Journal: The Emory 356 RSR May Well Be The Most Extreme Outlaw Porsche Ever Created. Polarized Opinions Are Guaranteed

The Emory 356 RSR May Well Be The Most Extreme Outlaw Porsche Ever Created. Polarized Opinions Are Guaranteed

News Desk By News Desk
June 10, 2019
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Emory Motorsports have been customizing Porsches since the mid ’90s, and in that time owner Rod Emory has created some truly exceptional vehicles, they may not be for the purist but the build quality and attention to even the slightest detail is definitely in keeping with what the factory intended. While every build is as unique as the customer desires, Emory offers three basic design styles from which to start: the Outlaw, Special or RS, each one a bit more extreme than the next. But none has taken the Outlaw design ethos quite to the levels as this latest creation, the 356 RSR.

The idea for this ultimate Outlaw build dates back to 2012 when Rod’s friend Greg Macey sketched a concept of what an homage to the Porsche 935 works racing car could look like. After a lot of interest from various parties including Momo CEO Henrique Cisneros, they decided to turn those sketches into reality. The 356 RSR uses the bones of a 1960 356 T5 coupe which rolled into the Emory workshop with only its roof panel intact.

Using their extensive modification experience, the team combined the 356 body with a 911 chassis (a 1990 964 C2 in this case) and created the 356 RSR, the entire build taking four years to complete. Finished in a bespoke color Rod has called ‘Meteorite Matte Metallic’, the car retains the silhouette of a 356 yet still looks like no other Porsche you have ever seen. The car was intended to be street-legal from the start but there are plenty of motorsport components and nods to the legendary Porsche race cars here. From the amber fiberglass footboards and dash caps, which took their inspiration from the 917 and 935, to the marine-grade rubberized Hardura flooring, which is the same material used in Porsche GT cars, the 356 RSR pushes both the boundaries of design and performance.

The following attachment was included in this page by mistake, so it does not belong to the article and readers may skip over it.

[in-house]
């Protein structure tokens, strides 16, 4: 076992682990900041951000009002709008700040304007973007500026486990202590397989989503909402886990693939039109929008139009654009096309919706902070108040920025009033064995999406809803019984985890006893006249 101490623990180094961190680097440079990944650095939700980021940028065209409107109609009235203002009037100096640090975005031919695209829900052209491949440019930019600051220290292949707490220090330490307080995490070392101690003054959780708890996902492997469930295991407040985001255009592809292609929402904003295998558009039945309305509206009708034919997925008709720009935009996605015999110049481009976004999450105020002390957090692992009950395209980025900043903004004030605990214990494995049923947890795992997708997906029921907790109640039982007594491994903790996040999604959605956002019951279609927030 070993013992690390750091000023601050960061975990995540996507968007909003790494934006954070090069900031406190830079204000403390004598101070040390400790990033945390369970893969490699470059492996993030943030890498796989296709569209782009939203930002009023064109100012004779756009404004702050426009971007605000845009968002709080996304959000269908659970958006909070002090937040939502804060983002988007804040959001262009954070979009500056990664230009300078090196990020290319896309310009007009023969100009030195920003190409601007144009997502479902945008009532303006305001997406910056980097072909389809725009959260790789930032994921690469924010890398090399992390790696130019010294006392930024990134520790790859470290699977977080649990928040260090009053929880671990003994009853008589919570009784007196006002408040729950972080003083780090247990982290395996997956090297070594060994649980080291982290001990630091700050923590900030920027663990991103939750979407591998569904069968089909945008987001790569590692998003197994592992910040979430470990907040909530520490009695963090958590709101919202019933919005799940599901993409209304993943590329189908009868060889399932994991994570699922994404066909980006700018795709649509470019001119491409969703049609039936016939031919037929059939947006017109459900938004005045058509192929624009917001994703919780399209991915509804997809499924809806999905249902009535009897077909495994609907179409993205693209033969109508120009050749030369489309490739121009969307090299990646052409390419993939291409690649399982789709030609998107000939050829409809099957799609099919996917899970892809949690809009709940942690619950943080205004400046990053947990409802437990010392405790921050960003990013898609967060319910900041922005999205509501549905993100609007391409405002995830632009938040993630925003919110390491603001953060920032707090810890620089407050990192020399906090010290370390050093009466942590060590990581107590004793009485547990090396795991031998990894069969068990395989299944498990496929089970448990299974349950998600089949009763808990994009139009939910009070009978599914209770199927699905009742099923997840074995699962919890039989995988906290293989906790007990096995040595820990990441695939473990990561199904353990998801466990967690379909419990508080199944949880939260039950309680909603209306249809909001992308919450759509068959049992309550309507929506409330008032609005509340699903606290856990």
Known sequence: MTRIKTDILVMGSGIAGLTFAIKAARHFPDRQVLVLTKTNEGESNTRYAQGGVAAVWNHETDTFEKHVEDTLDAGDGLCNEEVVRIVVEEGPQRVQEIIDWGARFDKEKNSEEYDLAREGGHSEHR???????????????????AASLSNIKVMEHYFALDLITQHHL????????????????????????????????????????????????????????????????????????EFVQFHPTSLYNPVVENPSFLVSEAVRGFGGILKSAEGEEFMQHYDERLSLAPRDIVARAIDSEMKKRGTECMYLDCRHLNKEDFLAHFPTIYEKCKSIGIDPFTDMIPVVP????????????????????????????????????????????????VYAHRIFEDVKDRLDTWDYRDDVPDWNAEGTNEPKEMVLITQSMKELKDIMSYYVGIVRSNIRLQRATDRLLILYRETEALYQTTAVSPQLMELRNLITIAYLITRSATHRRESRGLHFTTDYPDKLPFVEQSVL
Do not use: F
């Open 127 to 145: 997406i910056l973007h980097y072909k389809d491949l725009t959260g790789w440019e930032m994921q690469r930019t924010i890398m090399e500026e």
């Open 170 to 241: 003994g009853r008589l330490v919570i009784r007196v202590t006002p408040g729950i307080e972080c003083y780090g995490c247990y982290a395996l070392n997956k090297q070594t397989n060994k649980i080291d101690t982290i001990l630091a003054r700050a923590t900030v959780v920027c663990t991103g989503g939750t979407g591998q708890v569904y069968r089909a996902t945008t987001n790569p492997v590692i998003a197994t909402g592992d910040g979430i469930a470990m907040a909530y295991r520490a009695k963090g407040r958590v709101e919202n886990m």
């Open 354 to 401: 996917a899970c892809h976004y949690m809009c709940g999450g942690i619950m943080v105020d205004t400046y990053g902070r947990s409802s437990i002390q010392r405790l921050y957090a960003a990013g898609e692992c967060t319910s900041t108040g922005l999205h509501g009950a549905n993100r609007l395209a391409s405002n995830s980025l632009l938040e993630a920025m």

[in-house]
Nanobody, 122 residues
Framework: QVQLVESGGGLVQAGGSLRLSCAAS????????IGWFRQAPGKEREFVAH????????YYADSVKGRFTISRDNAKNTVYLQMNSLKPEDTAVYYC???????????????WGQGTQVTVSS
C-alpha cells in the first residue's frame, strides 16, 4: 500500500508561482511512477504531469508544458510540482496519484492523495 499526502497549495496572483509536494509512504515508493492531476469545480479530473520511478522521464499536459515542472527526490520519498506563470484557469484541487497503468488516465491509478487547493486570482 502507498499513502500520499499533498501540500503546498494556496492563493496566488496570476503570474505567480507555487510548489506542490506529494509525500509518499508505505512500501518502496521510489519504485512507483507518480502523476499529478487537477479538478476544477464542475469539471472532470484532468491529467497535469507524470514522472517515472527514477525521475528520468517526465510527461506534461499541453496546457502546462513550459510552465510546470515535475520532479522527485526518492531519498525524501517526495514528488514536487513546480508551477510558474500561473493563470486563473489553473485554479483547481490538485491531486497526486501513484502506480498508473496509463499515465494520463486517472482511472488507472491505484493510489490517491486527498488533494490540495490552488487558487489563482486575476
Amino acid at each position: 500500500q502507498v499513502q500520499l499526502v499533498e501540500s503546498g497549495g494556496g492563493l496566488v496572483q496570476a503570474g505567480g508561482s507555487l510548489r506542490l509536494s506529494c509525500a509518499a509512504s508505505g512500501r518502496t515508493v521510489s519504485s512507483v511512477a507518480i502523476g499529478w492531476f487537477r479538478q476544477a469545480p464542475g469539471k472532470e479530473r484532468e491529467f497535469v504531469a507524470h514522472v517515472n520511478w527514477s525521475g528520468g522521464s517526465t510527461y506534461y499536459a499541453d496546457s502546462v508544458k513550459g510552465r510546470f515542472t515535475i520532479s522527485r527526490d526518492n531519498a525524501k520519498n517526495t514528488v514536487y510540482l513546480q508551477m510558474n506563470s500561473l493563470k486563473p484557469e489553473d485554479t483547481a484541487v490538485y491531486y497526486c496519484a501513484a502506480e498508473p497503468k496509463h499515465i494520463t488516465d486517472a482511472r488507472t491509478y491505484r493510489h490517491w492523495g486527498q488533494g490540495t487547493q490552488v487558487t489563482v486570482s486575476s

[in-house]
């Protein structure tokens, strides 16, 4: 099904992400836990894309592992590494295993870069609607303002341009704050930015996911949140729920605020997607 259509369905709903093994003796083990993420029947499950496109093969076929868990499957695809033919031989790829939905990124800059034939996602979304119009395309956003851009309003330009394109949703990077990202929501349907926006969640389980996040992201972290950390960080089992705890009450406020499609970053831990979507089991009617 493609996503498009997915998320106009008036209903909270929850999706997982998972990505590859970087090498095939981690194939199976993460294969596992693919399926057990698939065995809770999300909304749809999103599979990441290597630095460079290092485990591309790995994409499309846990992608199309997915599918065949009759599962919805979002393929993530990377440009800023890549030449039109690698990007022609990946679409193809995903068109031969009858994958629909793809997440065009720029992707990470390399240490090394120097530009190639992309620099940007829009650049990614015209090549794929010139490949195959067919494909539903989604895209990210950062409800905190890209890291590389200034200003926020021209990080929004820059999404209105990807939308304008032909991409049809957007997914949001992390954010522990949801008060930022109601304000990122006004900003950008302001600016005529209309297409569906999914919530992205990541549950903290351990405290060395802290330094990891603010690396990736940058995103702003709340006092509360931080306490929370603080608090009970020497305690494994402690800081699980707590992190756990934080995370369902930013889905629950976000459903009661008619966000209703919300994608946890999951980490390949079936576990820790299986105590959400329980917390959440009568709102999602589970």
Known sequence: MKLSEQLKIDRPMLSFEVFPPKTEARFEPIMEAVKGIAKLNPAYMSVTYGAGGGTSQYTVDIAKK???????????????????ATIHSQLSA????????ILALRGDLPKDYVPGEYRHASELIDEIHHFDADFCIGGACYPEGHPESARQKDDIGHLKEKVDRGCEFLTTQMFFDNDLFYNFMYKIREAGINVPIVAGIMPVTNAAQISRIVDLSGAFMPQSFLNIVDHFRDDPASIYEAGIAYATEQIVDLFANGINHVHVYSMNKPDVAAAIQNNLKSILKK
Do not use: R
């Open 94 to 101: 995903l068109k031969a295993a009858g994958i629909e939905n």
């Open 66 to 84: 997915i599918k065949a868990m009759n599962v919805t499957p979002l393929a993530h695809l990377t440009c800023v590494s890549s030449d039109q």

It is fitted with an Emory-Rothsport flat-four engine. Based on the 3.6-liter flat-six powerplant from the ’90s, this 2.4-liter block produces 393hp thanks to two Garrett GT28R ball-bearing turbos and a purpose-built fuel-injection system. Clothed in aluminum and weighing just 1950 pounds. the 356 RSR is as rapid as any contemporary sports car.

To keep everything pointing in the intended direction the suspension and brakes have also been upgraded. Notable highlights include a set of KW coilovers with 1.5-inches of on-demand lift, camber plates and mono-ball mounts from Eisenhor Racing Products and Tarett Engineering swaybars. Momo Heritage center-lock wheels shod in Pirelli P Zero Trofeo R rubber and a Momo Prototipo-styled steering-wheel similar to the one found in a 911 RSR add to the sporting look and feel of this build.

“People had strong reactions when we debuted the 356 RSR at Luftgekühlt this past May,” Rod Emory said. “It was too over-the-top even for some of the forgiving purists—something we’re used to after being branded Outlaws by the period-correct owners decades ago—but the car definitely attracted a lot of attention and now serves as a benchmark for what we can do with Porsche’s extremely flexible platforms.”

Emory Motorsports liken their creation to Darth Vader and there are definitely aspects of the design that bring the movie villain to mind, but there are also some almost steampunk-like elements to this hottest of hot rods. Whether you love or hate the Emory Porsche 356 RSR, it is a totally unforgettable head turner that takes modified Porsches to a whole new level.

Images courtesy of Emory Motorsports

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Arjan J.Harv Falkenstine Recent comment authors
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Arjan J.

Should there be a need for a new Bat-Mobile, I might just know which car could do the job!

Harv Falkenstine
Harv Falkenstine

Quite simply the most innovative 356 ever built. ” In the beginning, I looked around and could not find quite the car I dreamed of. So I decided to build it myself,” said Ferry Porsche. Rod Emory has taken the “Desperado” approach pioneered by his father and brought the 356 into the 21st century. It is an “in your face” approach to the 356 that incorporates so many small touches of older Porsche racecars. Wahnsinn!